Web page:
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European accessible assets up 17 per cent to over EUR3.4 trillion, says new Broadridge research


The European market that independent asset managers can realistically address is now estimated to be EUR3.4 trillion – up 17 per cent on 2016 – according to a new study from Broadridge Financial Solutions.

The increase is thanks to a combination of rocketing sales and asset growth, which has been seen in all key European markets.
The top-five markets by accessible assets are the UK, Italy, Switzerland, Germany and France.
The research reveals that European savers maintain very high allocations to cash with only 9 per cent of Eurozone households owning a mutual fund despite compelling reasons to invest in funds at present.
In addition, Europe’s core fund markets exhibit disparate characteristics in terms of product preferences, distribution channels, selector behaviour and – crucially – openness to cross-border products, while Europe’s distribution landscape is moving towards its most important phase of development, a phase that will be characterised by a greater focus on asset managers’ marketing, service and brand characteristics – the key elements of differentiation, rather than simply product.
Usage of sub-advisory arrangements meanwhile, continues to blossom, with core equity or flexible mixed asset strategies the primary areas of activity.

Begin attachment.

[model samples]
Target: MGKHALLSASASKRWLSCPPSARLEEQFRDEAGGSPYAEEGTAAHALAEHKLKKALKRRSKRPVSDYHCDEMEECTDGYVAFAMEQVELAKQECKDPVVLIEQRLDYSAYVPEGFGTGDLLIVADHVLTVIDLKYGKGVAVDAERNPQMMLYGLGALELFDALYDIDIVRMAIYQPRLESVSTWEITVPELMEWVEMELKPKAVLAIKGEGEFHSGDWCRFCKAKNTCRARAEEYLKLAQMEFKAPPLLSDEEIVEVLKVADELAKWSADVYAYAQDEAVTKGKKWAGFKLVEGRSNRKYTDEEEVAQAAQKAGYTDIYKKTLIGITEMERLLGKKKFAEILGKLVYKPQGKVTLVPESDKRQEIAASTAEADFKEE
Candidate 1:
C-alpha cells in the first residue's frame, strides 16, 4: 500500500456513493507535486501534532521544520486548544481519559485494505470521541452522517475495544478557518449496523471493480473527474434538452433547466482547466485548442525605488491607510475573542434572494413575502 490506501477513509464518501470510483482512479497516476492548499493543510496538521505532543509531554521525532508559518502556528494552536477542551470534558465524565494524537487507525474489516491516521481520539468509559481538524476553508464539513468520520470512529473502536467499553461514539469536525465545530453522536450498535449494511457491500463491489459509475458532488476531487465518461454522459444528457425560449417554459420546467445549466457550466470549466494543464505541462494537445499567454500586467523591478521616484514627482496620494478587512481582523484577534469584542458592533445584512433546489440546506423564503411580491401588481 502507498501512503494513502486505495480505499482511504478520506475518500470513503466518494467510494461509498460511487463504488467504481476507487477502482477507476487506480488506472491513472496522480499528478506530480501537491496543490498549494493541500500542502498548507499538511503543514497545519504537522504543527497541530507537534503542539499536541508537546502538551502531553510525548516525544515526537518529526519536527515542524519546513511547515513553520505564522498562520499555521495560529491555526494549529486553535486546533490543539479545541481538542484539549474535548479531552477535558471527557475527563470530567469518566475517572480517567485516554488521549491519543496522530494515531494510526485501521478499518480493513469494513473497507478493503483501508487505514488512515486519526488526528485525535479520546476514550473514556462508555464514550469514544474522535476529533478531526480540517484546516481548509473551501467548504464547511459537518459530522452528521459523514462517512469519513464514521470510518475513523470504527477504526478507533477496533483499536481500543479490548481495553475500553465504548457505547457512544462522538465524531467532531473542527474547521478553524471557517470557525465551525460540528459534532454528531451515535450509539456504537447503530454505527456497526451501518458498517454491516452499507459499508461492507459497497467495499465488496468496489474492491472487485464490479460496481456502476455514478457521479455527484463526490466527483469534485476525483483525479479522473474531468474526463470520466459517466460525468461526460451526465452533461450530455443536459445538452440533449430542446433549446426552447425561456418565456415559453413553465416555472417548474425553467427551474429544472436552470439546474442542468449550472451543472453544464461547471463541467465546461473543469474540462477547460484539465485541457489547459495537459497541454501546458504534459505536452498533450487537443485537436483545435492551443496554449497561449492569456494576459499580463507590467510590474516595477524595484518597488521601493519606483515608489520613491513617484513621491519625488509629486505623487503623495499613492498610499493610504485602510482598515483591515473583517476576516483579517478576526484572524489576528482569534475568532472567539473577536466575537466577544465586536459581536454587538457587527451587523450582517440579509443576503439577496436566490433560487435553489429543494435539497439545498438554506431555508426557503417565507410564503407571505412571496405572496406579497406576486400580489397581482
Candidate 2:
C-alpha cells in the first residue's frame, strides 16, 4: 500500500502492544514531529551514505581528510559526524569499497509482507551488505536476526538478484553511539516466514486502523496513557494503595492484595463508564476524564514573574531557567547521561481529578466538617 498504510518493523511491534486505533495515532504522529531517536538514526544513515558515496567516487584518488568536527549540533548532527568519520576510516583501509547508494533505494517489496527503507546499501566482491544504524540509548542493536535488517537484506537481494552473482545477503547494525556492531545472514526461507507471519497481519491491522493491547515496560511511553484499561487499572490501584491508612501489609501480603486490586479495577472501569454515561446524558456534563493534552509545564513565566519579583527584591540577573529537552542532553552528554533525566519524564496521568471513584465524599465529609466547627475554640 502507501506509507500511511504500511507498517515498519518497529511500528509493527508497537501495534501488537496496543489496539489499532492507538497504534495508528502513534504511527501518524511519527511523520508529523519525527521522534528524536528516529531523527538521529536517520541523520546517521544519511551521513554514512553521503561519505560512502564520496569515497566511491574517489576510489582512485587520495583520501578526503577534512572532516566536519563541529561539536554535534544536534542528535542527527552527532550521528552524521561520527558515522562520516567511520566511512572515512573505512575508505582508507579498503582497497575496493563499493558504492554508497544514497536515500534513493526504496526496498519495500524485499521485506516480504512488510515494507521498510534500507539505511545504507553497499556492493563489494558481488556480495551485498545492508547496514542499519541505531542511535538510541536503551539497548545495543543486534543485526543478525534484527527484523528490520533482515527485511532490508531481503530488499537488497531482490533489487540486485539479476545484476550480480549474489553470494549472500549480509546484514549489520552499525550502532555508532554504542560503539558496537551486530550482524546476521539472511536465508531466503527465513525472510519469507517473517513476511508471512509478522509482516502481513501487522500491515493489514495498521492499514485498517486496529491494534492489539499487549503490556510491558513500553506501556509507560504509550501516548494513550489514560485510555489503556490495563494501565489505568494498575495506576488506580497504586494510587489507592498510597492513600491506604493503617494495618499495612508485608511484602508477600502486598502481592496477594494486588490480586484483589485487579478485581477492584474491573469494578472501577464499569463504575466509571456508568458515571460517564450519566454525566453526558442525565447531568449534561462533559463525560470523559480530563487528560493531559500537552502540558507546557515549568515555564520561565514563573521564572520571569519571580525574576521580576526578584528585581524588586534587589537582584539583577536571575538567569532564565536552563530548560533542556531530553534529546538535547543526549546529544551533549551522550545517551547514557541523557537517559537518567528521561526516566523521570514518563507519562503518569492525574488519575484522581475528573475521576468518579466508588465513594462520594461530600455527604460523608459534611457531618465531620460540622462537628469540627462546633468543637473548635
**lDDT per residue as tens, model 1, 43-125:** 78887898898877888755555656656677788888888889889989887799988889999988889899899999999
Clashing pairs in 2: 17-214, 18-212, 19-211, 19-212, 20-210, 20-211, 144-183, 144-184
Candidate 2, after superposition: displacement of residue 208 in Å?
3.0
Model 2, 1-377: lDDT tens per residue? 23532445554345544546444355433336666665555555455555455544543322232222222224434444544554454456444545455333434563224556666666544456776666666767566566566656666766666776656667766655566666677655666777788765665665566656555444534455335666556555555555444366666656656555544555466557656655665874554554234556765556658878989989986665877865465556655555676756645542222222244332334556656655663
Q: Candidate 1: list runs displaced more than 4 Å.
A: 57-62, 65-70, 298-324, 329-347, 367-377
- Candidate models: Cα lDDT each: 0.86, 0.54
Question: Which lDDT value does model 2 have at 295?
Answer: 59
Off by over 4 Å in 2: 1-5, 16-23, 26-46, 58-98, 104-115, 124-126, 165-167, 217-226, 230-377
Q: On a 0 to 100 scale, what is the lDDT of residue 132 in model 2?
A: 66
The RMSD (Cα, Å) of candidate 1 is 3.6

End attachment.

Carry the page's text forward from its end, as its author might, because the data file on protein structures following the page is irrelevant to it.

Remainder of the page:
“Europe continues to represent a great opportunity, and regulatory initiatives such as the Capital Markets Union (CMU) and the Pan-European Pension Plan (PEPP) could boost the uptake of third-party funds,” says Mark McFee (pictured), Director of Broadridge EMEA Insights. “But anyone serious about tapping these opportunities needs to understand what is driving change in the distribution landscape as a whole, and what makes each market tick. The markets that appear most attractive on first glance can represent significant challenges too, be it due to a strong bias towards locally domiciled products, for example in the UK, a highly competitive environment in terms of the sheer number of groups present, such as in Germany, or relatively short fund holding periods, as is the case in Italy.”
Much of the analysis in Distribution 360 is based on MackayWilliams’ proprietary ‘accessible assets’ data. The completion of this research follows Broadridge’s recent acquisition of MackayWilliams, which extends Broadridge’s ability to offer clients a combined view of global institutional and retail data analytics with qualitative insights into the global funds industry.

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